Joy Page finished treatment six weeks ago
Sinking Spring, PA
Joy Page, who recently completed breast cancer treatment, is thankful for all the people who have been with her.
Joy Page felt like a wave of support at the beginning of the year after her breast cancer diagnosis [S60] Sinking Spring is only six weeks away from her recent treatment for early breast cancer, which involves a partial mastectomy and radiation treatment McGlinn Cancer Institute of Reading Hospital.
Today she said she is just grateful to everyone who helped her along the way.
"The little things, the books, the brochures, the (support) groups, to have these available were critical," she said. "Many things consume your mind as you go through the process, and what was the key to maintaining my sanity, composure, and ability to function was the support I got from everyone."
Page is one of the estimated 500 women in Berks County and over 250,000 people in the US to be diagnosed with breast cancer in 201
October brings the Breast Cancer Awareness Month and another opportunity to talk about a condition that affects so many women and families
Page said she was amazed at what was available locally to support breast cancer patients including a support network of doctors, former survivors and other community organizations that want to help patients get through what could be a startling diagnosis.
For Page, that meant everything.
"You can go through some defeats, but you will always find support," said Page, "The community is so closely interconnected, it does not." matt At which level you stand.
On the medical side, there has been much good news in recent decades for patients such as Page McGlinn Cancer Institute, co-chair of the multidisciplinary breast cancer clinic at McGlinn Cancer Institute Reading Hospital, the proportion is nearly 90 percent.
"We do it with more targeted and more specific treatment, so we treat people with less treatment and better outcomes," said Leasure.
Once diagnosed, patients meet with doctors , Patient Navigators and Specialists who guide them through what's coming.
"We have a whole support group in patient care, not just the doctors," said Leasure. "We are all a team of cooperation."
Radiation and chemotherapy are standard tools, but care goes beyond that.
According to Leasure, church organizations, churches, friends, and neighbors can make a big difference when patients go through weeks, months, or even years of treatment.
"There are quite a few unknown heroes in the community who are really a great help in patient care," said Leasure. "It always amazes me how many patients come to me who have no family nearby and their neighbor or a person along the road brings to an appointment."
Kathy Kolb is always thinking of helping newly diagnosed patients like Page and others affected by breast cancer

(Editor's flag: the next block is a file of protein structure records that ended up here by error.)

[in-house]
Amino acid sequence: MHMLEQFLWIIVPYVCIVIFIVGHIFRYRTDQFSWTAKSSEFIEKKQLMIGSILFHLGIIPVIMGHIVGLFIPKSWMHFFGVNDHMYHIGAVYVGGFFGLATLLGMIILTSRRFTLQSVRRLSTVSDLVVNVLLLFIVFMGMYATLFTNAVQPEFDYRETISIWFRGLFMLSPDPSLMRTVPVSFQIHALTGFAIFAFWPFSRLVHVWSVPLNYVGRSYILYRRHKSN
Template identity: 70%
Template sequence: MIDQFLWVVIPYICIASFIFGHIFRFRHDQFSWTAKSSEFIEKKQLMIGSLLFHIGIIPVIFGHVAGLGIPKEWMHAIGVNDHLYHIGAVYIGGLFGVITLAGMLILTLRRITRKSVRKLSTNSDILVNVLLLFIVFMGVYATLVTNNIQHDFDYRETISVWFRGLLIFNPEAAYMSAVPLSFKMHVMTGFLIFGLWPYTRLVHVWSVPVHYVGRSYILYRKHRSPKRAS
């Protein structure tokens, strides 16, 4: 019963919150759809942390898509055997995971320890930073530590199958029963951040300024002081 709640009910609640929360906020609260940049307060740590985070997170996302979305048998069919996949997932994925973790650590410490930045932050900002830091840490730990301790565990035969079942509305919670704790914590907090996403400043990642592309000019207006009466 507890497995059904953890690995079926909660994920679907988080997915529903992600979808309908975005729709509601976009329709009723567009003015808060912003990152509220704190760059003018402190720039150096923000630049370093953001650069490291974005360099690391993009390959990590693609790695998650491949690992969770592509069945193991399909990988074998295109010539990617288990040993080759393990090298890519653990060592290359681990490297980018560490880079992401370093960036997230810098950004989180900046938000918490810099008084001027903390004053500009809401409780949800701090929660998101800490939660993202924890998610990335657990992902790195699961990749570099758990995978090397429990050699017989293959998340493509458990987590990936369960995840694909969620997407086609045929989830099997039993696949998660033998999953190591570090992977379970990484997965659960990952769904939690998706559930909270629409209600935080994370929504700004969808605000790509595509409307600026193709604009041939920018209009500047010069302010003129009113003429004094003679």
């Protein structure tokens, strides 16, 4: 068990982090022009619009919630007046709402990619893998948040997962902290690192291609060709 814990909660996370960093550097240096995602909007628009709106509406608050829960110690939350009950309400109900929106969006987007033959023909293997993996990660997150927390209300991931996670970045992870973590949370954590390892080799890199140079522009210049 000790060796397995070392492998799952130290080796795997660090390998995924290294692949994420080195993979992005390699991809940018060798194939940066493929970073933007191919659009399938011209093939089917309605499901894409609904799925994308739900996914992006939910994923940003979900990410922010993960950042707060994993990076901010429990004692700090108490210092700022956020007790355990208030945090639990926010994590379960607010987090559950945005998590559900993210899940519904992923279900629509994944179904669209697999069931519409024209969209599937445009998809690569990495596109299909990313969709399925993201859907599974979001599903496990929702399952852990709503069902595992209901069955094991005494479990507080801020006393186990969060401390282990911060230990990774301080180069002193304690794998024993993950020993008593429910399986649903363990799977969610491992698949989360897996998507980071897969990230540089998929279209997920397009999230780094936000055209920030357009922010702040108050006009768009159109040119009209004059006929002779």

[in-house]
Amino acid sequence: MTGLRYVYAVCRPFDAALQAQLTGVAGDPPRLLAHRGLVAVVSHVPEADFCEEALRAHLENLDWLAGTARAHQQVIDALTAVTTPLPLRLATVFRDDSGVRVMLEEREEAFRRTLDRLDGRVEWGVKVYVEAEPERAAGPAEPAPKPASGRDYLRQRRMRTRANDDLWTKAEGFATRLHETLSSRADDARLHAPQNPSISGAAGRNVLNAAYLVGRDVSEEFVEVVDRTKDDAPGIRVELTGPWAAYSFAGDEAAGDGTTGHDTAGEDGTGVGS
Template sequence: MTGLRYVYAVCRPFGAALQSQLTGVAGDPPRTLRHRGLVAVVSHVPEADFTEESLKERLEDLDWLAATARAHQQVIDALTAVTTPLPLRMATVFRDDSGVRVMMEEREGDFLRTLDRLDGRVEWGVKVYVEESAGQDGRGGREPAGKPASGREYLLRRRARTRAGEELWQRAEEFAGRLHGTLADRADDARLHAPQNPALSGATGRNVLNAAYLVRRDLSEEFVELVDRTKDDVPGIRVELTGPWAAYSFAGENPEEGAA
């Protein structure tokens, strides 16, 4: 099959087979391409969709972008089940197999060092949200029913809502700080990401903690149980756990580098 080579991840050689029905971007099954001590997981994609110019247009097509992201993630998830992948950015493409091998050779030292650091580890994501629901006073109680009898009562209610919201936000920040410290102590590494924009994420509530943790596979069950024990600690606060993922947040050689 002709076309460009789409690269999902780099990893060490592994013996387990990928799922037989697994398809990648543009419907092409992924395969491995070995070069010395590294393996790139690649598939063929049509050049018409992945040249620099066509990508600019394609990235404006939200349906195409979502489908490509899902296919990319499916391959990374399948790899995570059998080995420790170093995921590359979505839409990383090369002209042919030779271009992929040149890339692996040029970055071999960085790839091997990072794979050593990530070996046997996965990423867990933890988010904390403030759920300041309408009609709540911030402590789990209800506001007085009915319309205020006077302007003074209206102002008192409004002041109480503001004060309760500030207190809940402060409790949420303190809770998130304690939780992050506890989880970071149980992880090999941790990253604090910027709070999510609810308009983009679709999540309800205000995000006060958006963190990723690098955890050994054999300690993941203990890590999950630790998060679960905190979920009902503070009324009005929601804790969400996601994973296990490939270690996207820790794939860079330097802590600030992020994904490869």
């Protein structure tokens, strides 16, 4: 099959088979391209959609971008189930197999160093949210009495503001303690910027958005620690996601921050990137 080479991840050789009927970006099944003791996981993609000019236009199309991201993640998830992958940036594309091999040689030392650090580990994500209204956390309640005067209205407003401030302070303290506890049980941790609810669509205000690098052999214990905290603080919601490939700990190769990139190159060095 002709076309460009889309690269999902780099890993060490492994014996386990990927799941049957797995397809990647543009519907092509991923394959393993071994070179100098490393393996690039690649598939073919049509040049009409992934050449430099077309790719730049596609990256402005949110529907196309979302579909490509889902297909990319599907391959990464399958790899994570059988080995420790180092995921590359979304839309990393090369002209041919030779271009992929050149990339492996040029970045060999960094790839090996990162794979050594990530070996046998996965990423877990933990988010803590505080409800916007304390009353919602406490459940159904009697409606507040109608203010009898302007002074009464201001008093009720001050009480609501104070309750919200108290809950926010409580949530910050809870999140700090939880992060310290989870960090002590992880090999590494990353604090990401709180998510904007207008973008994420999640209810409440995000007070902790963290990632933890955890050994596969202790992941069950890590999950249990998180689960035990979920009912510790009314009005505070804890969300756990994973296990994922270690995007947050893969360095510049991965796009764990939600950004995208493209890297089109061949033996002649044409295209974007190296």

Worrying about younger women having more aggressive forms of the disease, and long-term survivors who were diagnosed decades ago
all have tough questions and challenges and deserve support, she said.
"Having an organization where breast cancer patients can speak directly to those who have already left is incredibly beneficial," said Kolb, Managing Director of Breast Cancer Support Services of Berks County
The organization offers comfort Bags for the newly diagnosed. There are also support groups and a telephone line where patients can talk to others who have gone through all this.
In addition, the organization provides financial support to those who seek advice. The counseling assistance program pays for up to three sessions or co-pay for three sessions for patients in treatment, survivors or their family members and caregivers.
Kolb said that there is still much to do, even as the cure rate for breast cancer continues to rise.
"I do not want people to feel complacent," she said.
Page remembers to feel a knot during a self-exam in May. It would take her about 12 days to get her diagnosis. She was fortunate enough to catch the cancer so early before it spread to her lymph nodes.
She said the early days of insecurity were a challenge because she did not know "whether it will be a real hiccup in your life or the struggle of your life."
After receiving her diagnosis, she had one Crowd in the head and she leaned against the people around her.
"You do not know what to expect from radiotherapy," she said. "You do not know what you will look like after the operation." In August, Page rang bell at the cancer center and signaled the end of her radiation treatment. She brought her parents, flowers and cupcakes to celebrate the occasion.
Since then she has been working as Managing Director of Geoff Penske Buick GMC in Shillington. She said she was grateful and blessed that her blessing was so early and with all the help she had on the road.
"You are never now when your world is turned upside down by such a diagnosis," she said. When you get such a diagnosis, there is always hope. "